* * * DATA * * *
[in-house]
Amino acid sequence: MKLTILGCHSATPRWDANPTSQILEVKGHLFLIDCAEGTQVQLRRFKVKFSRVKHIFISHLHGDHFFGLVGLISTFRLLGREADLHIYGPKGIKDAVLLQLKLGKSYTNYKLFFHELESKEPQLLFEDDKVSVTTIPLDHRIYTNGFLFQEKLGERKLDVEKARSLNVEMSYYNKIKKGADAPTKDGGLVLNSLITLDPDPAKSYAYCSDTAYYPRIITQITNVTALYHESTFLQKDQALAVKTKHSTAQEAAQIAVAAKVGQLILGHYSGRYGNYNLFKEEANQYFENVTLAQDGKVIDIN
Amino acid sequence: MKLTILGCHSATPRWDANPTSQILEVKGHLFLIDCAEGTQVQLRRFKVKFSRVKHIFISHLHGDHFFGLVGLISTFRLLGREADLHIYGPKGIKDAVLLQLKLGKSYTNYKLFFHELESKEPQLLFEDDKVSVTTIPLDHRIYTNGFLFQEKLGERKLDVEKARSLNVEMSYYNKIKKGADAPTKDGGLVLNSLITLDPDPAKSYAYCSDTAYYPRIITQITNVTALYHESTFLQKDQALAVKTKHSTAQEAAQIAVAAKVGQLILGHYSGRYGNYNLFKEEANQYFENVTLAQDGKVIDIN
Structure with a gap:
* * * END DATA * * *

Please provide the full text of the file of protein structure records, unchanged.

[in-house]
Amino acid sequence: MKLTILGCHSATPRWDANPTSQILEVKGHLFLIDCAEGTQVQLRRFKVKFSRVKHIFISHLHGDHFFGLVGLISTFRLLGREADLHIYGPKGIKDAVLLQLKLGKSYTNYKLFFHELESKEPQLLFEDDKVSVTTIPLDHRIYTNGFLFQEKLGERKLDVEKARSLNVEMSYYNKIKKGADAPTKDGGLVLNSLITLDPDPAKSYAYCSDTAYYPRIITQITNVTALYHESTFLQKDQALAVKTKHSTAQEAAQIAVAAKVGQLILGHYSGRYGNYNLFKEEANQYFENVTLAQDGKVIDIN
Amino acid sequence: MKLTILGCHSATPRWDANPTSQILEVKGHLFLIDCAEGTQVQLRRFKVKFSRVKHIFISHLHGDHFFGLVGLISTFRLLGREADLHIYGPKGIKDAVLLQLKLGKSYTNYKLFFHELESKEPQLLFEDDKVSVTTIPLDHRIYTNGFLFQEKLGERKLDVEKARSLNVEMSYYNKIKKGADAPTKDGGLVLNSLITLDPDPAKSYAYCSDTAYYPRIITQITNVTALYHESTFLQKDQALAVKTKHSTAQEAAQIAVAAKVGQLILGHYSGRYGNYNLFKEEANQYFENVTLAQDGKVIDIN
Structure with a gap: